Helping Preschoolers with Self-Control: Simple Self-Control Activities, Games, and Strategies For Children

Defusing Tantrums in Public

Self-control has been lauded by psychologists as one of the traits most associated with success in adulthood, yet helping children develop it can seem daunting. Some children seem naturally predisposed to take a more thoughtful, restrained approach to life, but all children can (and must) learn the critical task of emotional regulation. The beginnings of self-control start in early childhood with the nurturing influence of family and teachers. In this article, we explore some simple steps parents can take to help children develop self-regulation and cultivate emotional intelligence.

Teaching Your Child How to Control Emotions

Be Reflective. Sometimes children learn the most through small, simple experiences and through our honest reflections. A simple acknowledgement from you that waiting is hard—without any judgment—can help a child become more calm and self-aware.

Read Aloud. Most parents know about the benefits of reading aloud to children in terms of literacy development, but reading aloud can also help foster social and emotional development in children. The act of snuggling together to share a story creates bonds of trust and respect which, in turn, can build a child’s capacity for resilience and self-regulation.

And when you read high-quality children’s literature, children learn valuable life lessons from the characters’ struggles and choices. These lessons soak deep into a child’s heart to be remembered and drawn upon later when the child faces similar challenges. Children can learn patience and perseverance through classics like "Mike Mulligan and His Steam Shovel" (Virginia Burton), "The Little Red Hen" (Paul Galdone), "The Empty Pot" (Demi) or "The Tale of Peter Rabbit" (Beatrix Potter). For more book ideas, try "The Read Aloud Handbook" by Jim Trelease.

Set Clear Expectations and Follow Through. One of the most common reasons for temper tantrums or challenging behavior in preschoolers is simply that they don’t know what to do or expect in a given situation. Give your child advance warning before a transition—for example, saying, “After breakfast, we need to go to the store.” Use timers, calendars, visual charts, or checklists to help your child understand your schedule and what’s happening next.

Be Consistent. You could explain, “When we go in the library, we need quiet voices and walking feet. You can choose four books.” Immediately intervene if your child forgets: “We can’t run in the library because other people are trying to read. Let’s try again. If you keep running, we will leave.” Being consistent can be hard. As parents, we’re often tired and we’re usually trying to multitask all the time. But the more consistent you’re able to be, the more quickly your child will learn to regulate his or her own behavior. As we consistently follow through, we model self-control for our children.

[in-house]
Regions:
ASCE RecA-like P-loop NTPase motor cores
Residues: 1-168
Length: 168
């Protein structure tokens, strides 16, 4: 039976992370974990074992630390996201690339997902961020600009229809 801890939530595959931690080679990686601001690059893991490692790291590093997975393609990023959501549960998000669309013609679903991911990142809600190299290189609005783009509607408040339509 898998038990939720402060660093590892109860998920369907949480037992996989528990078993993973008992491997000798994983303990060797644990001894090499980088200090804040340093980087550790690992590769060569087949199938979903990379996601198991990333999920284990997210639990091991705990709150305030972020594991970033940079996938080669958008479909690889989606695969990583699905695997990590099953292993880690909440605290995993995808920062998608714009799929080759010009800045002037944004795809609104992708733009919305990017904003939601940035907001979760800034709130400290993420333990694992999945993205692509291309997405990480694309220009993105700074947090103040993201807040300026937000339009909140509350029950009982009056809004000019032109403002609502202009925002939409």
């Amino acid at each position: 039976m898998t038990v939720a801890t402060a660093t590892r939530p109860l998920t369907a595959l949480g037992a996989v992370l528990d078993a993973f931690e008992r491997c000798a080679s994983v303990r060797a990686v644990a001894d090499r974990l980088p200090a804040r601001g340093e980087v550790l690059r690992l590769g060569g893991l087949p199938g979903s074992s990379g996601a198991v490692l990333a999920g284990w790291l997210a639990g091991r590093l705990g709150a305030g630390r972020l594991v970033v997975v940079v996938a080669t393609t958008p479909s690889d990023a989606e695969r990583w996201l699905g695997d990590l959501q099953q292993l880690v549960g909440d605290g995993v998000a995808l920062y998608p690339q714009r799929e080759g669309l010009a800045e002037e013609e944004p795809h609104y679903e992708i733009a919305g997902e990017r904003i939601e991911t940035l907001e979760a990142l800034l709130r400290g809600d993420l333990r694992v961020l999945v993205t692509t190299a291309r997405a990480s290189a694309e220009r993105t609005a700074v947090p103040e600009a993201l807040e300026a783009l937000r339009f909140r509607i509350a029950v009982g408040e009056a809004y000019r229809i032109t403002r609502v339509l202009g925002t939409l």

Make a Game of It. Stuck in line at the grocery store? Rush hour traffic making you see red? Keep a few games and self-control activities in your parental toolbox to use. Preschoolers can quickly master old favorites like I Spy, I’m Thinking of…, or What’s the Name of That Tune? Another one to try is the Fives Game. Take turns saying a number, starting with 1 and counting up. Whenever you reach a number with a five in it, clap instead of saying the number out loud. How far can you count without making a mistake? Or, see how many words you can think of that rhyme with a particular word. Say a word and clap the number of syllables you hear in it.

Acknowledge Wins. Now here’s the most important part: when you’ve successfully survived a potentially frustrating situation together, acknowledge your child’s positive efforts. For instance, you could say, “Waiting for our turn was hard, but we made the best of it, didn’t we!” Over time, your child will internalize the idea that we don’t always have control over situations, but we can control our responses.

Children develop self-control and emotional regulation over many years and only after a lot of trial and error. Model self-restraint yourself, be consistent, offer natural and logical consequences, and see mistakes as learning opportunities.

Additional Resources on Children & Self-Control:

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Bright Horizons
In 1986, our founders saw that child care was an enormous obstacle for working parents. On-site centers became one way we responded to help employees – and organizations -- work better. Today we offer child care, elder care, and help for education and careers -- tools used by more than 1,000 of the world’s top employers and that power many of the world's best brands
Defusing Tantrums in Public